Adults aged 45 to 49 years at average risk for colorectal cancer (CRC) who had a screening colonoscopy had a 5.0% prevalence of advanced neoplasia, according to a study in Gastroenterology.
Researchers sought to determine the prevalence and predictors of colorectal neoplasia in adults aged younger than 50 years. Using data from the GI Quality Improvement Consortium, a national endoscopy registry, researchers conducted a cross-sectional analysis of all outpatient colonoscopies performed for the indication of screening for colonic neoplasia from January 1, 2010, to December 31, 2020. Procedures from 2010 to 2012 were excluded from the trend analysis due to the small sample size.
The primary outcome was the prevalence of advanced neoplasia in adults aged younger than 50 years.
Of 3,928,727 total screening colonoscopies included in the study, 211,020 were performed in individuals aged younger than 50 years. Of this group, 129,736 procedures were performed in study participants without a family history of CRC or advanced adenomas. A majority of participants (71.5%) were aged 45 to 49 years, 56.0% were women, 49.2% were White, 16.1% were Black, 5.1% were Hispanic, and 2.8% were Asian.
Among adults aged 45 to 49 years at average risk for CRC, the prevalence of advanced neoplasia and adenoma was 5.0% (prevalence ratio [PR], 0.81; 95% CI, 0.78-0.83) and 28.3% (PR, 0.86; 95% CI, 0.85-0.87), respectively. Compared with the reference group of adults aged 50 to 54 years, the prevalence of advanced neoplasia and adenoma among adults aged 45 to 49 years at average risk for CRC was 19% (PR, 0.81; 95% CI, 0.78-0.83) and 14% (PR, 0.86; 95% CI, 0.85-0.87) lower, respectively.
For all patients aged 45 to 49 years, the prevalence of advanced neoplasia and adenomas was 12% (PR, 0.88; 95% CI, 0.86-0.90) and 13% (PR, 0.87; 95% CI, 0.87-0.88) lower, respectively, compared with the reference group of participants aged 50 to 54 years.
Men had a higher prevalence of advanced neoplasia and adenomas compared with women in all age groups. Women aged 45 to 49 years at average risk for CRC had a comparable prevalence of advanced neoplasia (4.1%) to men aged 30 to 39 years (3.7%). The prevalence of advanced neoplasia among men aged 45 to 49 years at average risk for CRC (6.2%) was most similar to that in women aged 65 to 69 years (6.4%).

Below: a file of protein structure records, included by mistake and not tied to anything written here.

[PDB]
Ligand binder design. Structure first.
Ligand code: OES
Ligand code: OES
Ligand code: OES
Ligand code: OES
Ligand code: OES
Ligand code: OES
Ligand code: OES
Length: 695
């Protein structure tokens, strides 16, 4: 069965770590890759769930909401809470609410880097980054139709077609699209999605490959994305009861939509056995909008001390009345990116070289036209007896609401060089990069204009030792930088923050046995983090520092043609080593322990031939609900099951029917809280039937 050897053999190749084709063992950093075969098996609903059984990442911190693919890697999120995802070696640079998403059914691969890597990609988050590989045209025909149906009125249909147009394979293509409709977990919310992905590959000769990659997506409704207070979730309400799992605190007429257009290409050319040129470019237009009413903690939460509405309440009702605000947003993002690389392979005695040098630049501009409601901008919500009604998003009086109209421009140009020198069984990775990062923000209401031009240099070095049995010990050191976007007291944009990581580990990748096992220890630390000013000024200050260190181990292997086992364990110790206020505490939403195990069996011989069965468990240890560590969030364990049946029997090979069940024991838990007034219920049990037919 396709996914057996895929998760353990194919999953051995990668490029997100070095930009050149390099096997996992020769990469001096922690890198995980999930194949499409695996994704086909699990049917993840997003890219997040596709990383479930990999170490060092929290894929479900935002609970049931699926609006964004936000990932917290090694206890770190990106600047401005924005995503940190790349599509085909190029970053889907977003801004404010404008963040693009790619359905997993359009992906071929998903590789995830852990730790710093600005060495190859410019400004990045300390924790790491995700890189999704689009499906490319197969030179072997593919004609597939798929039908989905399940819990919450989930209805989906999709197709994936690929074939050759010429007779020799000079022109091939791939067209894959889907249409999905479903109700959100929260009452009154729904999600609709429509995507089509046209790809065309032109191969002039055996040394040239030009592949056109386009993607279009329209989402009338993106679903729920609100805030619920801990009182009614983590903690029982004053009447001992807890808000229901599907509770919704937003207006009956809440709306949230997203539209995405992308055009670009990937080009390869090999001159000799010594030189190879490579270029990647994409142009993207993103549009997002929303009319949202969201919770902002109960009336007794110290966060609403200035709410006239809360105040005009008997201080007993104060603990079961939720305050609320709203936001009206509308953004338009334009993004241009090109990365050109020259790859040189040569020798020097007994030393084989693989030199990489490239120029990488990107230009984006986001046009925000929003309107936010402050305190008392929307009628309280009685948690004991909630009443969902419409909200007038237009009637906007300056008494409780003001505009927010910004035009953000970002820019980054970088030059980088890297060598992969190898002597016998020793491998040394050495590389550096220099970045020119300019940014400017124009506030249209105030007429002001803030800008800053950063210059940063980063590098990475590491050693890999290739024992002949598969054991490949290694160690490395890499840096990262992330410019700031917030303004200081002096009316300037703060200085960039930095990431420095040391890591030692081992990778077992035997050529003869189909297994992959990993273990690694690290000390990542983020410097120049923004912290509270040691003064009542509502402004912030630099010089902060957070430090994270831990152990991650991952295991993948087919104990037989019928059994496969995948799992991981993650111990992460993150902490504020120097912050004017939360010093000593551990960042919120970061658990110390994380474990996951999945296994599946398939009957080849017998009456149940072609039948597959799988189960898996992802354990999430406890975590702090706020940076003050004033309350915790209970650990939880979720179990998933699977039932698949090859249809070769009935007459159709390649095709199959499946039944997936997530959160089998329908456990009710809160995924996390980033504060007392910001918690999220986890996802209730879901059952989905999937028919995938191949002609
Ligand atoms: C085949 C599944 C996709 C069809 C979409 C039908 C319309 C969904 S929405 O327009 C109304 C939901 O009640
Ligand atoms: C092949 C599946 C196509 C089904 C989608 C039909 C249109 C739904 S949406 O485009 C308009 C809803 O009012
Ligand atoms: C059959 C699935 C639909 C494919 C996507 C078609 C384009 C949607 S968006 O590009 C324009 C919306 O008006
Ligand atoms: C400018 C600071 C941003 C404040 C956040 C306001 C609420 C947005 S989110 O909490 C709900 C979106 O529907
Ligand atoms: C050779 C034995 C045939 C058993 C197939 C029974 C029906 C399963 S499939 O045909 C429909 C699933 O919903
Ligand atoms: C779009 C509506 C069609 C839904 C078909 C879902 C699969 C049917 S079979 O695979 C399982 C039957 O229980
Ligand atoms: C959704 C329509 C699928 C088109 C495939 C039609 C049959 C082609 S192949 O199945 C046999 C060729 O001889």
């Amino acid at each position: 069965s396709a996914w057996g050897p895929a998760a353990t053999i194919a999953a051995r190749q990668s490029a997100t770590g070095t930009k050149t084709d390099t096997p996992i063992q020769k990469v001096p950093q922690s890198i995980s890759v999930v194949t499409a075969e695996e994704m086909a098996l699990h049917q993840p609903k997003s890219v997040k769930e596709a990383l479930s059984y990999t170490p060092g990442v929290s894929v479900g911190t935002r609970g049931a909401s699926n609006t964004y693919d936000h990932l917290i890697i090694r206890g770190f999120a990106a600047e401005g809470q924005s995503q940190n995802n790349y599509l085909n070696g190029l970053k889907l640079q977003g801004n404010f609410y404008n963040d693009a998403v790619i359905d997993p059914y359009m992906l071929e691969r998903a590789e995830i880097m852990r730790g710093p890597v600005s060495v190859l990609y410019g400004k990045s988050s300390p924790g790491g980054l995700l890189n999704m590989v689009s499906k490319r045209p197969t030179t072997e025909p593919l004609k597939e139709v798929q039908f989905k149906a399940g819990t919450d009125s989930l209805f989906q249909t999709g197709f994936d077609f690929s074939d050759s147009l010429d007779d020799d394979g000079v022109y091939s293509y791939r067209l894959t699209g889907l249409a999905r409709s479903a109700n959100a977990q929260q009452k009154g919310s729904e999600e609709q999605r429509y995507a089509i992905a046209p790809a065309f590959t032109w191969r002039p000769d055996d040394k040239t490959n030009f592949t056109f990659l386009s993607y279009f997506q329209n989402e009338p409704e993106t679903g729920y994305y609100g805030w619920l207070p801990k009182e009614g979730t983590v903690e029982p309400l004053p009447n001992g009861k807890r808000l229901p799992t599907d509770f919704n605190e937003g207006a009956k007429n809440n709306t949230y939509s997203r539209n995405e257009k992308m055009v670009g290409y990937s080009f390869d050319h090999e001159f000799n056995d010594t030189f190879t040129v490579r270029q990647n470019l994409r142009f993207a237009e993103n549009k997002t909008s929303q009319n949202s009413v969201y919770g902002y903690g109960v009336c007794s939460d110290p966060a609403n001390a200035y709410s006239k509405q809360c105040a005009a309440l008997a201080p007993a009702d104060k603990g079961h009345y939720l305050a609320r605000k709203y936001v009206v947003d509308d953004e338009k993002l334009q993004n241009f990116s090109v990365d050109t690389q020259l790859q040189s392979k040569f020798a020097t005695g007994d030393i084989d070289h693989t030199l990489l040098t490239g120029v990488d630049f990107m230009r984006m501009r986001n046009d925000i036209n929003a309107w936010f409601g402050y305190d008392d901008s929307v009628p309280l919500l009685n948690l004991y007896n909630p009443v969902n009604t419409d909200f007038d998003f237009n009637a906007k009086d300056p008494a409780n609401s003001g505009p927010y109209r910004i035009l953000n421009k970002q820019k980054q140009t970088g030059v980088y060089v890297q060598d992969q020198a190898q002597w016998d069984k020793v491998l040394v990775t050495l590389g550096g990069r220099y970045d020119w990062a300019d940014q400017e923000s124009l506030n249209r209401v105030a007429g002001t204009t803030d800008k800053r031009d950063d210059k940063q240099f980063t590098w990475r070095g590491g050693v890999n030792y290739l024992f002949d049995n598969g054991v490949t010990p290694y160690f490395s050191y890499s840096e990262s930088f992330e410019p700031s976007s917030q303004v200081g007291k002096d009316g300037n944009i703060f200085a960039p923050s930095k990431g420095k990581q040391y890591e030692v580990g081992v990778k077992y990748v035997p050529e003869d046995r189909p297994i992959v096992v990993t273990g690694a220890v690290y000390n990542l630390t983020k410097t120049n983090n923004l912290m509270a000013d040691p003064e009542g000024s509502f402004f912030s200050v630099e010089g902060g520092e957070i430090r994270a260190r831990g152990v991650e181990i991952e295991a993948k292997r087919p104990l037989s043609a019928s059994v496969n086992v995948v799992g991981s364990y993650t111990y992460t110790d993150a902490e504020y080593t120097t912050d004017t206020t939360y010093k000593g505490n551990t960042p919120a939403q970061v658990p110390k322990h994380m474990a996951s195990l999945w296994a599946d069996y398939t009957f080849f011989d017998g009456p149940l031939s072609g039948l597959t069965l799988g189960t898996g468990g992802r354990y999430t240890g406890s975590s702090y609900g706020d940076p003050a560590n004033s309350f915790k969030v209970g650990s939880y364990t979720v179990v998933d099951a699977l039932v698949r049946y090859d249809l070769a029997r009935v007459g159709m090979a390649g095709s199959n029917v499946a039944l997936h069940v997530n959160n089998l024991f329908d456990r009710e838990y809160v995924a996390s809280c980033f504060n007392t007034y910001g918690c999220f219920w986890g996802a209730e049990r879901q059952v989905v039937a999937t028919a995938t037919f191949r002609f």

Positive predictors for advanced neoplasia in individuals aged younger than 50 years included increasing age (odds ratio [OR], 2.49; 95% CI, 2.05-3.03 for those aged 45 to 49 years compared with those aged 18 to 29 years), male sex (OR, 1.38; 95% CI, 1.32-1.44), family history of advanced adenomas (OR, 1.32; 95% CI, 1.22-1.42) or CRC (OR, 1.17; 95% CI, 1.12-1.23), and obesity (OR, 1.30; 95% CI, 1.20-1.42 vs normal body mass index).
Black (OR, 0.65; 95% CI, 0.61-0.70), Asian (OR, 0.68; 95% CI, 0.59-0.77), and Hispanic (OR, 0.84; 95% CI, 0.77-0.92) individuals were less likely to have advanced neoplasia compared with White individuals.
The proportion of screening colonoscopies in the 45- to 49-year age group increased from 2.9% in 2013 to 5.0% in 2020 (P <.0001). The proportion of procedures by sex was stable over time, with 56.3% of procedures occurring in women in 2020 (P =.40).
Among several study limitations, the data were not population-based, and the researchers were unable to assess the anatomic distribution of colorectal neoplasia by age.
“These findings support initiating screening at age 45 years, demonstrate current adenoma detection benchmarks are applicable in the 45- to 49-year age group, and may inform risk-based screening strategies,” the study authors noted.
Disclosure: One of the study authors declared affiliations with biotech, pharmaceutical, and/or device companies. Please see the original reference for a full list of authors’ disclosures.
Liang PS, Williams JL, Dominitz JA, Corley DA, Zauber AG. Age-stratified prevalence and predictors of neoplasia among U.S. adults undergoing screening colonoscopy in a national endoscopy registry. Gastroenterology. Published online May 25, 2022. doi:10.1053/j.gastro.2022.05.036
This article originally appeared on Gastroenterology Advisor